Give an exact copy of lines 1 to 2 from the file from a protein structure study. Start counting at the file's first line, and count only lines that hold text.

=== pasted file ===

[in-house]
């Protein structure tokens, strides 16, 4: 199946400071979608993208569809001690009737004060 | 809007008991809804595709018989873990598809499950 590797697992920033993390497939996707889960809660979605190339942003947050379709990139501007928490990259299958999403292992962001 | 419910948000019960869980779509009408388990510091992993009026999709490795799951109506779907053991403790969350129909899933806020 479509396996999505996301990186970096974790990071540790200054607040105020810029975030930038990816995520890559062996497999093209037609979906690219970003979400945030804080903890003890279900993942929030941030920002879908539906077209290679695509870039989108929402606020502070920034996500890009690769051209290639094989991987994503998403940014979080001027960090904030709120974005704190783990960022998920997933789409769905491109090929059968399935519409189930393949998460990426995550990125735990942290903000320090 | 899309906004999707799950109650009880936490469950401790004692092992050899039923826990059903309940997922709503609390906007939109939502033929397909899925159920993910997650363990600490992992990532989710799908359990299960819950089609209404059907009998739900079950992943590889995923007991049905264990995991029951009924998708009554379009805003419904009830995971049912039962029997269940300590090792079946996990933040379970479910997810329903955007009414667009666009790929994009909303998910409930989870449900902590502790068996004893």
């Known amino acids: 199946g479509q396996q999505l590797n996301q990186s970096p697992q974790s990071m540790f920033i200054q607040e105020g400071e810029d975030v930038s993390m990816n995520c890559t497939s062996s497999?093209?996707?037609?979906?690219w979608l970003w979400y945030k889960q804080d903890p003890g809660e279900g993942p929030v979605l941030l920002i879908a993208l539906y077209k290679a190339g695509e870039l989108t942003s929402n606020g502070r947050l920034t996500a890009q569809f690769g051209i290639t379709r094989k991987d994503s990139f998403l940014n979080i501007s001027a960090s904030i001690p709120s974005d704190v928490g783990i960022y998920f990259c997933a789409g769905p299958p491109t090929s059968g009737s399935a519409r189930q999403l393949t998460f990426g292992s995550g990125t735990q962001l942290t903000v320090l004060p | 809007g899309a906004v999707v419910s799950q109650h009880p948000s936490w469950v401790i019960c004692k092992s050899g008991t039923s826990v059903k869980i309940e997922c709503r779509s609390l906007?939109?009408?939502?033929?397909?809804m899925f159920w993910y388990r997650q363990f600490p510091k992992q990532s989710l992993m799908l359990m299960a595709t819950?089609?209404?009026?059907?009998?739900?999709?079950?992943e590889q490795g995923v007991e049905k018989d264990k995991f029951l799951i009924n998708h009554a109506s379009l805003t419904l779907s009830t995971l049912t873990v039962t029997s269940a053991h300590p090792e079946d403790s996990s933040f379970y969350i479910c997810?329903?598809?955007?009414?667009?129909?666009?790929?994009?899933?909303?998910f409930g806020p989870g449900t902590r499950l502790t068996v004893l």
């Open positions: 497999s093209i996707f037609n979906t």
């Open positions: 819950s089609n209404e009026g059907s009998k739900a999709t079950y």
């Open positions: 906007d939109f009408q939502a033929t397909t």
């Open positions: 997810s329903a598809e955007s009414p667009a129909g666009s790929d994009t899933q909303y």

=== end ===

[in-house]
């Protein structure tokens, strides 16, 4: 199946400071979608993208569809001690009737004060 | 809007008991809804595709018989873990598809499950 590797697992920033993390497939996707889960809660979605190339942003947050379709990139501007928490990259299958999403292992962001 | 419910948000019960869980779509009408388990510091992993009026999709490795799951109506779907053991403790969350129909899933806020 479509396996999505996301990186970096974790990071540790200054607040105020810029975030930038990816995520890559062996497999093209037609979906690219970003979400945030804080903890003890279900993942929030941030920002879908539906077209290679695509870039989108929402606020502070920034996500890009690769051209290639094989991987994503998403940014979080001027960090904030709120974005704190783990960022998920997933789409769905491109090929059968399935519409189930393949998460990426995550990125735990942290903000320090 | 899309906004999707799950109650009880936490469950401790004692092992050899039923826990059903309940997922709503609390906007939109939502033929397909899925159920993910997650363990600490992992990532989710799908359990299960819950089609209404059907009998739900079950992943590889995923007991049905264990995991029951009924998708009554379009805003419904009830995971049912039962029997269940300590090792079946996990933040379970479910997810329903955007009414667009666009790929994009909303998910409930989870449900902590502790068996004893």